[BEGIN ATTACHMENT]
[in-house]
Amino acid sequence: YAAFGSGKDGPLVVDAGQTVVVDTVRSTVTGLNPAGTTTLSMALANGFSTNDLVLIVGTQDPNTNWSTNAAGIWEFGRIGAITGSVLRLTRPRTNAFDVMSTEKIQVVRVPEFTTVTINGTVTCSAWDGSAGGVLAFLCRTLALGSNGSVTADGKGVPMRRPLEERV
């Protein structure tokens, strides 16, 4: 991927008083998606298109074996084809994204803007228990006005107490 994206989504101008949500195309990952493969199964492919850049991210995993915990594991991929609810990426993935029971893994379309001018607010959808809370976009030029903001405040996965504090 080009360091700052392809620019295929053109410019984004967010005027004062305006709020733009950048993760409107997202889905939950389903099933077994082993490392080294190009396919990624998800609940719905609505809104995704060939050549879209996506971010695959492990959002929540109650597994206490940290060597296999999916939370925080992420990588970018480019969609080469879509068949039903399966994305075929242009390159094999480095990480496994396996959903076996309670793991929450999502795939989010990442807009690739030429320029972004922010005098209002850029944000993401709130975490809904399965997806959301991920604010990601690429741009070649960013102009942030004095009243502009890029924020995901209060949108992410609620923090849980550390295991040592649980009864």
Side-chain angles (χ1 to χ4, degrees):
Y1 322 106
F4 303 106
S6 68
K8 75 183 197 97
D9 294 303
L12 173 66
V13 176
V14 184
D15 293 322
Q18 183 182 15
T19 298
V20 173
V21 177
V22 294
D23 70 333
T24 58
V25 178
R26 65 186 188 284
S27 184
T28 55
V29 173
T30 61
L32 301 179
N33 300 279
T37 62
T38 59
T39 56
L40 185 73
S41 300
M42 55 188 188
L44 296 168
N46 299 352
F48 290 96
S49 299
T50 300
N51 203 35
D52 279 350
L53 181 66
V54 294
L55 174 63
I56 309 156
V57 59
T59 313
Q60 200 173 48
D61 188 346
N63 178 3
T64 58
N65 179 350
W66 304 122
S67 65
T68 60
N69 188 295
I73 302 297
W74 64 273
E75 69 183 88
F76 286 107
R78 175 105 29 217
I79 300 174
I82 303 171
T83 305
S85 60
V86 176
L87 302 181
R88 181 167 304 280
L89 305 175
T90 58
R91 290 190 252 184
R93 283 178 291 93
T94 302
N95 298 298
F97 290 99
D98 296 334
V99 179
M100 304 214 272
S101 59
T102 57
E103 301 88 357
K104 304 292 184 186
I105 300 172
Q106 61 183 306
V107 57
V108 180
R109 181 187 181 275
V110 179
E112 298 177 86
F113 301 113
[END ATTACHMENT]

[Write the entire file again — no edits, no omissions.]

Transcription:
[in-house]
Amino acid sequence: YAAFGSGKDGPLVVDAGQTVVVDTVRSTVTGLNPAGTTTLSMALANGFSTNDLVLIVGTQDPNTNWSTNAAGIWEFGRIGAITGSVLRLTRPRTNAFDVMSTEKIQVVRVPEFTTVTINGTVTCSAWDGSAGGVLAFLCRTLALGSNGSVTADGKGVPMRRPLEERV
């Protein structure tokens, strides 16, 4: 991927008083998606298109074996084809994204803007228990006005107490 994206989504101008949500195309990952493969199964492919850049991210995993915990594991991929609810990426993935029971893994379309001018607010959808809370976009030029903001405040996965504090 080009360091700052392809620019295929053109410019984004967010005027004062305006709020733009950048993760409107997202889905939950389903099933077994082993490392080294190009396919990624998800609940719905609505809104995704060939050549879209996506971010695959492990959002929540109650597994206490940290060597296999999916939370925080992420990588970018480019969609080469879509068949039903399966994305075929242009390159094999480095990480496994396996959903076996309670793991929450999502795939989010990442807009690739030429320029972004922010005098209002850029944000993401709130975490809904399965997806959301991920604010990601690429741009070649960013102009942030004095009243502009890029924020995901209060949108992410609620923090849980550390295991040592649980009864």
Side-chain angles (χ1 to χ4, degrees):
Y1 322 106
F4 303 106
S6 68
K8 75 183 197 97
D9 294 303
L12 173 66
V13 176
V14 184
D15 293 322
Q18 183 182 15
T19 298
V20 173
V21 177
V22 294
D23 70 333
T24 58
V25 178
R26 65 186 188 284
S27 184
T28 55
V29 173
T30 61
L32 301 179
N33 300 279
T37 62
T38 59
T39 56
L40 185 73
S41 300
M42 55 188 188
L44 296 168
N46 299 352
F48 290 96
S49 299
T50 300
N51 203 35
D52 279 350
L53 181 66
V54 294
L55 174 63
I56 309 156
V57 59
T59 313
Q60 200 173 48
D61 188 346
N63 178 3
T64 58
N65 179 350
W66 304 122
S67 65
T68 60
N69 188 295
I73 302 297
W74 64 273
E75 69 183 88
F76 286 107
R78 175 105 29 217
I79 300 174
I82 303 171
T83 305
S85 60
V86 176
L87 302 181
R88 181 167 304 280
L89 305 175
T90 58
R91 290 190 252 184
R93 283 178 291 93
T94 302
N95 298 298
F97 290 99
D98 296 334
V99 179
M100 304 214 272
S101 59
T102 57
E103 301 88 357
K104 304 292 184 186
I105 300 172
Q106 61 183 306
V107 57
V108 180
R109 181 187 181 275
V110 179
E112 298 177 86
F113 301 113